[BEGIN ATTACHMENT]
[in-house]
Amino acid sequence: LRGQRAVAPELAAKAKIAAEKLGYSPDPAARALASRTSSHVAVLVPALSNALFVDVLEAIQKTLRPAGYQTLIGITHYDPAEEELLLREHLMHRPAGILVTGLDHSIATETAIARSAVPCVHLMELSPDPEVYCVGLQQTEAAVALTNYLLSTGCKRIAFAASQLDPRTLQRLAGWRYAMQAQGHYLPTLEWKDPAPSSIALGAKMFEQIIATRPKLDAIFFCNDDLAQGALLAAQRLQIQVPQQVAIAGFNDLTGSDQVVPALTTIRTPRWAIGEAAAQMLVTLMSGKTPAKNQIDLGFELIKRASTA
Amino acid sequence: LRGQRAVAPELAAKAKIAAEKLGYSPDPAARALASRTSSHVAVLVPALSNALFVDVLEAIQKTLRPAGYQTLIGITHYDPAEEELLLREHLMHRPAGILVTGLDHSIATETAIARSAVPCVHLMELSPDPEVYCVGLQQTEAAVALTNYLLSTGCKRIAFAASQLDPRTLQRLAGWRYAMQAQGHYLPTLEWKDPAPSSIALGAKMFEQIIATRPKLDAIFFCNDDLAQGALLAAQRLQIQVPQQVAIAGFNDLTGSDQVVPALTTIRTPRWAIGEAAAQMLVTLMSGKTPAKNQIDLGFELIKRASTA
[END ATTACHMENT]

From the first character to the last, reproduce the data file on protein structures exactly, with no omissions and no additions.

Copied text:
[in-house]
Amino acid sequence: LRGQRAVAPELAAKAKIAAEKLGYSPDPAARALASRTSSHVAVLVPALSNALFVDVLEAIQKTLRPAGYQTLIGITHYDPAEEELLLREHLMHRPAGILVTGLDHSIATETAIARSAVPCVHLMELSPDPEVYCVGLQQTEAAVALTNYLLSTGCKRIAFAASQLDPRTLQRLAGWRYAMQAQGHYLPTLEWKDPAPSSIALGAKMFEQIIATRPKLDAIFFCNDDLAQGALLAAQRLQIQVPQQVAIAGFNDLTGSDQVVPALTTIRTPRWAIGEAAAQMLVTLMSGKTPAKNQIDLGFELIKRASTA
Amino acid sequence: LRGQRAVAPELAAKAKIAAEKLGYSPDPAARALASRTSSHVAVLVPALSNALFVDVLEAIQKTLRPAGYQTLIGITHYDPAEEELLLREHLMHRPAGILVTGLDHSIATETAIARSAVPCVHLMELSPDPEVYCVGLQQTEAAVALTNYLLSTGCKRIAFAASQLDPRTLQRLAGWRYAMQAQGHYLPTLEWKDPAPSSIALGAKMFEQIIATRPKLDAIFFCNDDLAQGALLAAQRLQIQVPQQVAIAGFNDLTGSDQVVPALTTIRTPRWAIGEAAAQMLVTLMSGKTPAKNQIDLGFELIKRASTA